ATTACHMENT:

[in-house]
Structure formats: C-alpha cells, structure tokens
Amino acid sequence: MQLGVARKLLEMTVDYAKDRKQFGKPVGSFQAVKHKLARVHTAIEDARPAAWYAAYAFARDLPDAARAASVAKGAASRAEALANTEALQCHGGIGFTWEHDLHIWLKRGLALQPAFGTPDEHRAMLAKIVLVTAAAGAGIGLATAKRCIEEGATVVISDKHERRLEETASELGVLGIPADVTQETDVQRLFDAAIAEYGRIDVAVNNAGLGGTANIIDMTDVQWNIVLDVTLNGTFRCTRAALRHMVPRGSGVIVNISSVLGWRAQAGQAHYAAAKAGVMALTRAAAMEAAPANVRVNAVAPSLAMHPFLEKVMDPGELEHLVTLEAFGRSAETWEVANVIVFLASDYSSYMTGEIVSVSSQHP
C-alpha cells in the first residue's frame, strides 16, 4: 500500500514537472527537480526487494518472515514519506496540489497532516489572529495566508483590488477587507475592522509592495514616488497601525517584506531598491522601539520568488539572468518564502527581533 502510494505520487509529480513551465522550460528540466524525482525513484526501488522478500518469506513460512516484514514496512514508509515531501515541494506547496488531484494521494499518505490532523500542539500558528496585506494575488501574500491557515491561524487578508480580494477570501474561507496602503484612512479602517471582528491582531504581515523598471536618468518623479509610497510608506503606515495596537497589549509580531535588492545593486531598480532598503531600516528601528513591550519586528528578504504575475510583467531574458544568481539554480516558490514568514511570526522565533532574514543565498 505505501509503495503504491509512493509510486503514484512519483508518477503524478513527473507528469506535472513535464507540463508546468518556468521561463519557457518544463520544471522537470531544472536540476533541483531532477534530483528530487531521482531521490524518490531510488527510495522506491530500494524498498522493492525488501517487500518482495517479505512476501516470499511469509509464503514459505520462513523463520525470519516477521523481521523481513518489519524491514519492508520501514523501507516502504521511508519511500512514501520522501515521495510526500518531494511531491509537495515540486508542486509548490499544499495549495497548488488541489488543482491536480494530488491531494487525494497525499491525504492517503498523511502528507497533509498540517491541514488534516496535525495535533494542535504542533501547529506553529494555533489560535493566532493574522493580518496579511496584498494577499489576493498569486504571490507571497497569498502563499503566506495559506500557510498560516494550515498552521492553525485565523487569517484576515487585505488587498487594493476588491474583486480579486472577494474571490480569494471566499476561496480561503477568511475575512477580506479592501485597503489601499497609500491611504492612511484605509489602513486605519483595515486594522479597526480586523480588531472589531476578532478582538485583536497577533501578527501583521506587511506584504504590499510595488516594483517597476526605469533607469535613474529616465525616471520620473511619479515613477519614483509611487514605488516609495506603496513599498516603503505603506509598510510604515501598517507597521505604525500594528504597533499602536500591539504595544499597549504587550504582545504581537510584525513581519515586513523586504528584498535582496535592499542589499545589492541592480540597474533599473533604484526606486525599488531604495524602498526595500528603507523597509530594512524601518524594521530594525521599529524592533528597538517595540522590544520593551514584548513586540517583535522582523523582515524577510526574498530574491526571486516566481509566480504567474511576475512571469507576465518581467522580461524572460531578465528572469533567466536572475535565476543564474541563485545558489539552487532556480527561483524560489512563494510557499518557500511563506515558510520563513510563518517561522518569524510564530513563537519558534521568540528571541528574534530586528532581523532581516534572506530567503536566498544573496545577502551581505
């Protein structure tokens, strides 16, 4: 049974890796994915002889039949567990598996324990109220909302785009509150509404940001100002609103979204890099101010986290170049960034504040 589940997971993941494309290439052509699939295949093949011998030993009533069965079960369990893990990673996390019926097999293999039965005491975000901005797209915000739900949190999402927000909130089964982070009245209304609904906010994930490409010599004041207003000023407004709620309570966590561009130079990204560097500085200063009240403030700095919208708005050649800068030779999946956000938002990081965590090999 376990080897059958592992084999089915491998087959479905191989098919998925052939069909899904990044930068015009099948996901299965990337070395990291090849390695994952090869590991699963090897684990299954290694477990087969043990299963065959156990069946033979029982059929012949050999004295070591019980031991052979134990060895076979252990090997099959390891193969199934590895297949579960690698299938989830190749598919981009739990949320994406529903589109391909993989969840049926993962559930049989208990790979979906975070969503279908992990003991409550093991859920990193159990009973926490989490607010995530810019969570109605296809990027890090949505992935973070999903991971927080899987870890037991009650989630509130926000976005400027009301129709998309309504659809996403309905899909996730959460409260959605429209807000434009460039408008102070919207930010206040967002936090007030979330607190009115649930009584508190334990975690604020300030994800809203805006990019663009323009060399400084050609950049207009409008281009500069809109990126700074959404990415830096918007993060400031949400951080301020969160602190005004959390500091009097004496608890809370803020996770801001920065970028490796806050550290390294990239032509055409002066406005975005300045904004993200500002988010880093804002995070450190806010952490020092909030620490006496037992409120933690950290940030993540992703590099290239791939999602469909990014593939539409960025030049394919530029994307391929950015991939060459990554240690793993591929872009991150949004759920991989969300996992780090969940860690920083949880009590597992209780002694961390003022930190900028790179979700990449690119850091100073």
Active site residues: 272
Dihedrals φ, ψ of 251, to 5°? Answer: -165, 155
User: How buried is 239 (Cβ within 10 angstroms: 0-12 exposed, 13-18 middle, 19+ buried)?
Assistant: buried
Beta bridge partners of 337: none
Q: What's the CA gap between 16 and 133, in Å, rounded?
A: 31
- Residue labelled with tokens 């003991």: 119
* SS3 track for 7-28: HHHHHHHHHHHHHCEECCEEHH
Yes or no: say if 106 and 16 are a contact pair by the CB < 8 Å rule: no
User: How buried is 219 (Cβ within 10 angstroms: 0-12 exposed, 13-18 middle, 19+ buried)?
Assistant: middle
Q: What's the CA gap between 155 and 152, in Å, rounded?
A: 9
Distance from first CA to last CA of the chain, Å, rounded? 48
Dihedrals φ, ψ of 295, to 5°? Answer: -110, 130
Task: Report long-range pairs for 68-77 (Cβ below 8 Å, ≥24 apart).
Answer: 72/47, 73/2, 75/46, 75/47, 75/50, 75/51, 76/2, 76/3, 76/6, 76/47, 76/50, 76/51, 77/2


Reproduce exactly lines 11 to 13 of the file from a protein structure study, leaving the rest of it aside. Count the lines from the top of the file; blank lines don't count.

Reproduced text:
Q: What's the CA gap between 16 and 133, in Å, rounded?
A: 31
- Residue labelled with tokens 């003991």: 119